Not only fish consumption was pretty much abandoned in Britain and Ireland with the arrival of Neolithic only recovered under Viking influence many millennia later but the most striking fact is that it was replaced by milk as main source of proteins. This fact, considering that farmers studied in Central Europe and Iberia have systematically tested negative for lactase persistence, really opens an avenue for the possible origins of this nutritional adaptation because it is most unlikely that they were such notable dairy consumers without the corresponding digestive ability even cheese may be harmful to lactose intolerant people unless it is aged, while yogurt was almost certainly not known yet in Europe. While the evidence comes from the Atlantic Islands, it is worth to notice that their chronologically late Neolithic has its origins in the much older agricultural cultures of NW France, another blank spot in the ancient DNA map of Europe. Nowadays NW France is high but not particularly high in this phenotype but SW France and Basques have among the highest LP scores both phenotype and rs4988235T genotype in Europe, together with the Atlantic Islands and Scandinavia. Then again it is worth recalling that one of the first areas where the rs4988235T allele is found is in the southern areas of the Basque Country, with clear signs of two different populations one lactose tolerant and the other lactose intolerant being still in the first stages of contact and mostly unmixed.This leads us to the issue of Atlantic Megalithism tightly associated to Atlantic Neolithic and its still unsolved, but likely important, role in the conformation of the modern populations of Europe. Whatever the case the first farmers of the islands were heavy dairy consumers, although in Britain but not in Ireland and Man they eventually derived into heavy meat eaters later on:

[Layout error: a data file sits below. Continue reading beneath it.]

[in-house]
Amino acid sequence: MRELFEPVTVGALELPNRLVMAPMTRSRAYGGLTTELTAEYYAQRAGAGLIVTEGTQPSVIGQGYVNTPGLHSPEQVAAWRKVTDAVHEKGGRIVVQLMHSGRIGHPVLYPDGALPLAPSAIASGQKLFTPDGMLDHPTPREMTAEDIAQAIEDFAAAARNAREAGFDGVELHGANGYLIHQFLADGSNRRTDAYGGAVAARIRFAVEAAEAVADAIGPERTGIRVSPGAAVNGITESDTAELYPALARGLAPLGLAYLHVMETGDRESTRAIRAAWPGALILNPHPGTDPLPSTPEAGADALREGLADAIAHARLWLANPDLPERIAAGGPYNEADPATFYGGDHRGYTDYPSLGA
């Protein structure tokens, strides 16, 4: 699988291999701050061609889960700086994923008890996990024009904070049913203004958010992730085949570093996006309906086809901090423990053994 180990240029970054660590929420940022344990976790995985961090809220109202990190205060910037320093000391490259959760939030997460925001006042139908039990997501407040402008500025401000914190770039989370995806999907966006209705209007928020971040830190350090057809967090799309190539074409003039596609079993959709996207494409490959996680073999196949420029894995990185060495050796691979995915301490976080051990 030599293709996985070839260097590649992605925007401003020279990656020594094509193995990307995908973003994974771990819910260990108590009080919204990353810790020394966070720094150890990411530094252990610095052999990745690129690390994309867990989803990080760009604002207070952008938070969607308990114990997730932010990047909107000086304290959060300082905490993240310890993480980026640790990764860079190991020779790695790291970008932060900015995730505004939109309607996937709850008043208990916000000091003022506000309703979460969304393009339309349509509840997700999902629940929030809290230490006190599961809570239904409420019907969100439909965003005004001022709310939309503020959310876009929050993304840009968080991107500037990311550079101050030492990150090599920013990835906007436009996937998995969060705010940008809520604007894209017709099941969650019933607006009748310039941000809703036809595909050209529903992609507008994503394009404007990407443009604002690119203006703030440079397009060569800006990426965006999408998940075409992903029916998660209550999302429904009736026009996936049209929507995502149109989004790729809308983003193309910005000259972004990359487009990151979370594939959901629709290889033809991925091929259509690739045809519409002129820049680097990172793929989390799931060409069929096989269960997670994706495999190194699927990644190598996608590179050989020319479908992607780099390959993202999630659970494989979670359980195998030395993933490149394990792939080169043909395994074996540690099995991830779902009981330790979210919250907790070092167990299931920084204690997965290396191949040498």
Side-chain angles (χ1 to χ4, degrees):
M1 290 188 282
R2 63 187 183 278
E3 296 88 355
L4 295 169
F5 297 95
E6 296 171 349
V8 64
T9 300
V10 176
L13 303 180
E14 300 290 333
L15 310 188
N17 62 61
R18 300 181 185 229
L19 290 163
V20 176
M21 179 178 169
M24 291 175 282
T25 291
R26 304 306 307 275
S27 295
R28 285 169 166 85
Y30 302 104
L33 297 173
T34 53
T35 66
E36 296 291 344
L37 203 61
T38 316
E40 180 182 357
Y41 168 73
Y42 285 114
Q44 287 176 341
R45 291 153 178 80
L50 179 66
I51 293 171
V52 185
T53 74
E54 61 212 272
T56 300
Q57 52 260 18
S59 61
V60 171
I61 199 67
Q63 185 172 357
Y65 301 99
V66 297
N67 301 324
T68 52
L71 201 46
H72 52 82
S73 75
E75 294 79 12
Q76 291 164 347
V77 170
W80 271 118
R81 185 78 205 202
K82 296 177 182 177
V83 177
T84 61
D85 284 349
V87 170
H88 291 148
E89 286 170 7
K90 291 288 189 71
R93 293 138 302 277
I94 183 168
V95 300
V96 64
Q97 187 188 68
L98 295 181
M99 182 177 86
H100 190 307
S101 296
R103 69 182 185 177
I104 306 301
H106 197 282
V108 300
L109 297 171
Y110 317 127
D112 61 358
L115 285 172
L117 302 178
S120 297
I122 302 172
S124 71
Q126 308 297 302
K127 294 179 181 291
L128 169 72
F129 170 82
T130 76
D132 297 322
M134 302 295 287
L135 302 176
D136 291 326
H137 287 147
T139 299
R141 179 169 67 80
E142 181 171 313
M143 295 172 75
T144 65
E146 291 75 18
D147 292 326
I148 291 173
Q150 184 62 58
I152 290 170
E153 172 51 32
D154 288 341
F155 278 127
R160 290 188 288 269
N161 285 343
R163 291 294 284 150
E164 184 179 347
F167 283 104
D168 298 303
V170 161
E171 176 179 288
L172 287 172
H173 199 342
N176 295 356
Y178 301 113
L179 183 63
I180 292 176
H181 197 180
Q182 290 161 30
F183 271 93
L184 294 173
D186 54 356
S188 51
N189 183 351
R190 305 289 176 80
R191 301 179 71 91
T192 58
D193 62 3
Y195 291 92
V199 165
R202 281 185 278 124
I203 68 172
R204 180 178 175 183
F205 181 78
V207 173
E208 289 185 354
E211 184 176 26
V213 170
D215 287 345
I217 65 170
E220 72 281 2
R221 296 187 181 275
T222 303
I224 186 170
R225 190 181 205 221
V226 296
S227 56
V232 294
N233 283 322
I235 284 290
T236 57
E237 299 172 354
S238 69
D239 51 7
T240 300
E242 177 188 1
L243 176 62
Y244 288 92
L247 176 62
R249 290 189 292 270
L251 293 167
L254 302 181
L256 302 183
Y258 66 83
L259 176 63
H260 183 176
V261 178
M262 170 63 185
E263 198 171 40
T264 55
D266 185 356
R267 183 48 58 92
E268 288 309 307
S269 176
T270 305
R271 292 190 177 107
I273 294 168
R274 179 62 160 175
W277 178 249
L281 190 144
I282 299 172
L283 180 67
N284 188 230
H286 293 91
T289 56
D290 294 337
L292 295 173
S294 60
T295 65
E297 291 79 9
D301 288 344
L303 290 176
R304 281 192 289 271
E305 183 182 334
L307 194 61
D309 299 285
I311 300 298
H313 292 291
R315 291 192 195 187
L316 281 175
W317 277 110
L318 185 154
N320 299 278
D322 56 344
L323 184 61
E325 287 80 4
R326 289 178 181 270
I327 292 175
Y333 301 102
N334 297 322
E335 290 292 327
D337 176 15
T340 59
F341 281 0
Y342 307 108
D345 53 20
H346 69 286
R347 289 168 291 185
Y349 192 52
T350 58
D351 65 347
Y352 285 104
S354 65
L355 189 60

via For what they were… we are: Neolithic peoples from Britain and Ireland ate a lot of dairies and nearly no fish.